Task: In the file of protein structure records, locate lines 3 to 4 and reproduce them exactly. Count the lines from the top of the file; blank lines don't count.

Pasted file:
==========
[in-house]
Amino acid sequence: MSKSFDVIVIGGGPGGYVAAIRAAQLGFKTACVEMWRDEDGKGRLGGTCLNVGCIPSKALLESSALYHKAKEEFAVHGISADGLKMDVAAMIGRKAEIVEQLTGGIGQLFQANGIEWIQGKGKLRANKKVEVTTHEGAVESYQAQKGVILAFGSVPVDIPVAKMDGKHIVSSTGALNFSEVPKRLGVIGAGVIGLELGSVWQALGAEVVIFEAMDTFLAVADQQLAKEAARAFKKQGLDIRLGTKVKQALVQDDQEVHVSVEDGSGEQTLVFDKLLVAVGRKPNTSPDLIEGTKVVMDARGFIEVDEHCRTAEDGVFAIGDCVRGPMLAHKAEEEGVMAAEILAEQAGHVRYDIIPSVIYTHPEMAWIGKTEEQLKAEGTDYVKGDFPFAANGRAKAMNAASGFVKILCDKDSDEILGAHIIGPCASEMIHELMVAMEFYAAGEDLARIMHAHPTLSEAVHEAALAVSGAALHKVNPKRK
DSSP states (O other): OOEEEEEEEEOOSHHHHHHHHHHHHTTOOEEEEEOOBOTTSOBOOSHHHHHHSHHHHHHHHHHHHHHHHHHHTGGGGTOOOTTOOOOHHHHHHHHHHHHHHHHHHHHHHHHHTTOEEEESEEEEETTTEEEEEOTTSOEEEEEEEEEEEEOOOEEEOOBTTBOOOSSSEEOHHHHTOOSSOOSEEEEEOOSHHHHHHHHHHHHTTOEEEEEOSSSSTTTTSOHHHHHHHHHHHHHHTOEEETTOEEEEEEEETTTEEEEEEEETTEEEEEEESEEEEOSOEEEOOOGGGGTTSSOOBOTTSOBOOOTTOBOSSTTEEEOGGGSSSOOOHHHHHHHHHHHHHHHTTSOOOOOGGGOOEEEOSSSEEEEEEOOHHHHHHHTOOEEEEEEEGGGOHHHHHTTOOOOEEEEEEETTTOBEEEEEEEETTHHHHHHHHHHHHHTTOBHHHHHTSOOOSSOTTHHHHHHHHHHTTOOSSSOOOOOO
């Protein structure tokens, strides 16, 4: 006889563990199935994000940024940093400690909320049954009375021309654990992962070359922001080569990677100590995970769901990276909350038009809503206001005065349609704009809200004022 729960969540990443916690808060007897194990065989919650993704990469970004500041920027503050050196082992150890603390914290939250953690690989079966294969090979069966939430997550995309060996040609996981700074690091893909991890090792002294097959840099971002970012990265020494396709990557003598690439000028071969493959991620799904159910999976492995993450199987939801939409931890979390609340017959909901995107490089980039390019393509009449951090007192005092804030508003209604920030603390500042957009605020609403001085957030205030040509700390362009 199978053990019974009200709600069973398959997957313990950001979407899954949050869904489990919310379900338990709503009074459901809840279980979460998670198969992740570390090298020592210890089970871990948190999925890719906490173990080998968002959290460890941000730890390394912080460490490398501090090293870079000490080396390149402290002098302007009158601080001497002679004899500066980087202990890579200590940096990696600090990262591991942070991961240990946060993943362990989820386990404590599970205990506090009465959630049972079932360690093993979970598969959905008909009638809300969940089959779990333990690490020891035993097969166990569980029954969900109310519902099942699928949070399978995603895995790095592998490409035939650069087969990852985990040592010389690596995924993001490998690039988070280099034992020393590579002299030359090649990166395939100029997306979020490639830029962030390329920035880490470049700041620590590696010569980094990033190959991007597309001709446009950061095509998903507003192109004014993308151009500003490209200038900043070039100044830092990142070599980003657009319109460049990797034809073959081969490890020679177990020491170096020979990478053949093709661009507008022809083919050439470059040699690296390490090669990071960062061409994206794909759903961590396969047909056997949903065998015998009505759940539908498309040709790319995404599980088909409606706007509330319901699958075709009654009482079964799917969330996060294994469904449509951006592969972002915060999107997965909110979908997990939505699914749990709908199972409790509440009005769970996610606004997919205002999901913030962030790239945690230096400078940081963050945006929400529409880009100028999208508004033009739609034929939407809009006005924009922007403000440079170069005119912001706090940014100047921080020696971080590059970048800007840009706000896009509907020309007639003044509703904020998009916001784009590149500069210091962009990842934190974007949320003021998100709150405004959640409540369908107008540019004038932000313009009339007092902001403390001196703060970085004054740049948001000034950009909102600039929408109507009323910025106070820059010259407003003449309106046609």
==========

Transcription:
DSSP states (O other): OOEEEEEEEEOOSHHHHHHHHHHHHTTOOEEEEEOOBOTTSOBOOSHHHHHHSHHHHHHHHHHHHHHHHHHHTGGGGTOOOTTOOOOHHHHHHHHHHHHHHHHHHHHHHHHHTTOEEEESEEEEETTTEEEEEOTTSOEEEEEEEEEEEEOOOEEEOOBTTBOOOSSSEEOHHHHTOOSSOOSEEEEEOOSHHHHHHHHHHHHTTOEEEEEOSSSSTTTTSOHHHHHHHHHHHHHHTOEEETTOEEEEEEEETTTEEEEEEEETTEEEEEEESEEEEOSOEEEOOOGGGGTTSSOOBOTTSOBOOOTTOBOSSTTEEEOGGGSSSOOOHHHHHHHHHHHHHHHTTSOOOOOGGGOOEEEOSSSEEEEEEOOHHHHHHHTOOEEEEEEEGGGOHHHHHTTOOOOEEEEEEETTTOBEEEEEEEETTHHHHHHHHHHHHHTTOBHHHHHTSOOOSSOTTHHHHHHHHHHTTOOSSSOOOOOO
């Protein structure tokens, strides 16, 4: 006889563990199935994000940024940093400690909320049954009375021309654990992962070359922001080569990677100590995970769901990276909350038009809503206001005065349609704009809200004022 729960969540990443916690808060007897194990065989919650993704990469970004500041920027503050050196082992150890603390914290939250953690690989079966294969090979069966939430997550995309060996040609996981700074690091893909991890090792002294097959840099971002970012990265020494396709990557003598690439000028071969493959991620799904159910999976492995993450199987939801939409931890979390609340017959909901995107490089980039390019393509009449951090007192005092804030508003209604920030603390500042957009605020609403001085957030205030040509700390362009 199978053990019974009200709600069973398959997957313990950001979407899954949050869904489990919310379900338990709503009074459901809840279980979460998670198969992740570390090298020592210890089970871990948190999925890719906490173990080998968002959290460890941000730890390394912080460490490398501090090293870079000490080396390149402290002098302007009158601080001497002679004899500066980087202990890579200590940096990696600090990262591991942070991961240990946060993943362990989820386990404590599970205990506090009465959630049972079932360690093993979970598969959905008909009638809300969940089959779990333990690490020891035993097969166990569980029954969900109310519902099942699928949070399978995603895995790095592998490409035939650069087969990852985990040592010389690596995924993001490998690039988070280099034992020393590579002299030359090649990166395939100029997306979020490639830029962030390329920035880490470049700041620590590696010569980094990033190959991007597309001709446009950061095509998903507003192109004014993308151009500003490209200038900043070039100044830092990142070599980003657009319109460049990797034809073959081969490890020679177990020491170096020979990478053949093709661009507008022809083919050439470059040699690296390490090669990071960062061409994206794909759903961590396969047909056997949903065998015998009505759940539908498309040709790319995404599980088909409606706007509330319901699958075709009654009482079964799917969330996060294994469904449509951006592969972002915060999107997965909110979908997990939505699914749990709908199972409790509440009005769970996610606004997919205002999901913030962030790239945690230096400078940081963050945006929400529409880009100028999208508004033009739609034929939407809009006005924009922007403000440079170069005119912001706090940014100047921080020696971080590059970048800007840009706000896009509907020309007639003044509703904020998009916001784009590149500069210091962009990842934190974007949320003021998100709150405004959640409540369908107008540019004038932000313009009339007092902001403390001196703060970085004054740049948001000034950009909102600039929408109507009323910025106070820059010259407003003449309106046609």